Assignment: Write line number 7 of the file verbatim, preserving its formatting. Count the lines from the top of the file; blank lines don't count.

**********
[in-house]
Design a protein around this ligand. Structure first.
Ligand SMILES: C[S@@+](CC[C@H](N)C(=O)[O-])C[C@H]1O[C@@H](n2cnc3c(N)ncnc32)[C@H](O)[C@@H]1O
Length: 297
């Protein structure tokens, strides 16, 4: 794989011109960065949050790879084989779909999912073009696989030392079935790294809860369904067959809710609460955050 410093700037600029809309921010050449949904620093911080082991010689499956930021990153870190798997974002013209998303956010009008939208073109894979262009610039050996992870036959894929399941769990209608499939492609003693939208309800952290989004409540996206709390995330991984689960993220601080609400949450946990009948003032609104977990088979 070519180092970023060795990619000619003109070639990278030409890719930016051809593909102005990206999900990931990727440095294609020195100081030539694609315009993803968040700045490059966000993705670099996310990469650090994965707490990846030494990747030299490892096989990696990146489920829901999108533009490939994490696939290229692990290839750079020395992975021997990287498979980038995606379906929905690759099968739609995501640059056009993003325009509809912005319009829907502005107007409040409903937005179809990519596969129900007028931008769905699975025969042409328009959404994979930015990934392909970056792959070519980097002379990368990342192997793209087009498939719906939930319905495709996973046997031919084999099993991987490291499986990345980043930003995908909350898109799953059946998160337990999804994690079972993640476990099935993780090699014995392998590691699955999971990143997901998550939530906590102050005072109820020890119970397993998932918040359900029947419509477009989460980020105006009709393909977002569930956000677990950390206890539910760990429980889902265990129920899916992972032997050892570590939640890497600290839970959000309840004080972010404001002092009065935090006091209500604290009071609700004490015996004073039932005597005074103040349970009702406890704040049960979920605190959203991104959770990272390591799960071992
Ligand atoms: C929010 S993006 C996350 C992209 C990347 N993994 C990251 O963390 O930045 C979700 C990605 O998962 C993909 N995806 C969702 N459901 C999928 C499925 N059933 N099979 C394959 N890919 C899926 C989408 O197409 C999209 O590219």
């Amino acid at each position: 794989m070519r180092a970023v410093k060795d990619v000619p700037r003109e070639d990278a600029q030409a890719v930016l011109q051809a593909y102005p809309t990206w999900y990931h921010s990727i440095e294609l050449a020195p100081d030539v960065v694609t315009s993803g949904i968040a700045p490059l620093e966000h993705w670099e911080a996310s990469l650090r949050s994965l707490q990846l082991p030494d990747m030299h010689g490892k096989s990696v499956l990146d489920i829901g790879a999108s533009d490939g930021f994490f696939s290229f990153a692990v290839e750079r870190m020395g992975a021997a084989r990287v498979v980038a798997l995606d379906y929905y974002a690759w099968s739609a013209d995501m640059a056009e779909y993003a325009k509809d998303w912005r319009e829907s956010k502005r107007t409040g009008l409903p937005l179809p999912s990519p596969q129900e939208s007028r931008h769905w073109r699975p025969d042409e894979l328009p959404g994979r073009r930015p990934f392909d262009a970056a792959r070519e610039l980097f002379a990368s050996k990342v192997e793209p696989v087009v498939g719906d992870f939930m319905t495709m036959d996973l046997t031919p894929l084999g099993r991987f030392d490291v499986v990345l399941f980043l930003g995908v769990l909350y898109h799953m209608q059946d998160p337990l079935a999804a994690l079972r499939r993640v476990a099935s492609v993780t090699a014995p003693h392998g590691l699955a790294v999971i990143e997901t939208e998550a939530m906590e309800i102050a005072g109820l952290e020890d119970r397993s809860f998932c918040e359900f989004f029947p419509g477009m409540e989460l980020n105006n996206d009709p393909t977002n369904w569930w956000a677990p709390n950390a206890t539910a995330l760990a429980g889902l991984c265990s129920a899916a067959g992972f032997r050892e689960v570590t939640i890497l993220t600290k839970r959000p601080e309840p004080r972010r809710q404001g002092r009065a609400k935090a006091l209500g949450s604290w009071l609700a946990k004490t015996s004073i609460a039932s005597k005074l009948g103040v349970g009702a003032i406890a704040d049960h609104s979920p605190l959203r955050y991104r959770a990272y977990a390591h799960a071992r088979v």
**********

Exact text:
């Amino acid at each position: 794989m070519r180092a970023v410093k060795d990619v000619p700037r003109e070639d990278a600029q030409a890719v930016l011109q051809a593909y102005p809309t990206w999900y990931h921010s990727i440095e294609l050449a020195p100081d030539v960065v694609t315009s993803g949904i968040a700045p490059l620093e966000h993705w670099e911080a996310s990469l650090r949050s994965l707490q990846l082991p030494d990747m030299h010689g490892k096989s990696v499956l990146d489920i829901g790879a999108s533009d490939g930021f994490f696939s290229f990153a692990v290839e750079r870190m020395g992975a021997a084989r990287v498979v980038a798997l995606d379906y929905y974002a690759w099968s739609a013209d995501m640059a056009e779909y993003a325009k509809d998303w912005r319009e829907s956010k502005r107007t409040g009008l409903p937005l179809p999912s990519p596969q129900e939208s007028r931008h769905w073109r699975p025969d042409e894979l328009p959404g994979r073009r930015p990934f392909d262009a970056a792959r070519e610039l980097f002379a990368s050996k990342v192997e793209p696989v087009v498939g719906d992870f939930m319905t495709m036959d996973l046997t031919p894929l084999g099993r991987f030392d490291v499986v990345l399941f980043l930003g995908v769990l909350y898109h799953m209608q059946d998160p337990l079935a999804a994690l079972r499939r993640v476990a099935s492609v993780t090699a014995p003693h392998g590691l699955a790294v999971i990143e997901t939208e998550a939530m906590e309800i102050a005072g109820l952290e020890d119970r397993s809860f998932c918040e359900f989004f029947p419509g477009m409540e989460l980020n105006n996206d009709p393909t977002n369904w569930w956000a677990p709390n950390a206890t539910a995330l760990a429980g889902l991984c265990s129920a899916a067959g992972f032997r050892e689960v570590t939640i890497l993220t600290k839970r959000p601080e309840p004080r972010r809710q404001g002092r009065a609400k935090a006091l209500g949450s604290w009071l609700a946990k004490t015996s004073i609460a039932s005597k005074l009948g103040v349970g009702a003032i406890a704040d049960h609104s979920p605190l959203r955050y991104r959770a990272y977990a390591h799960a071992r088979v």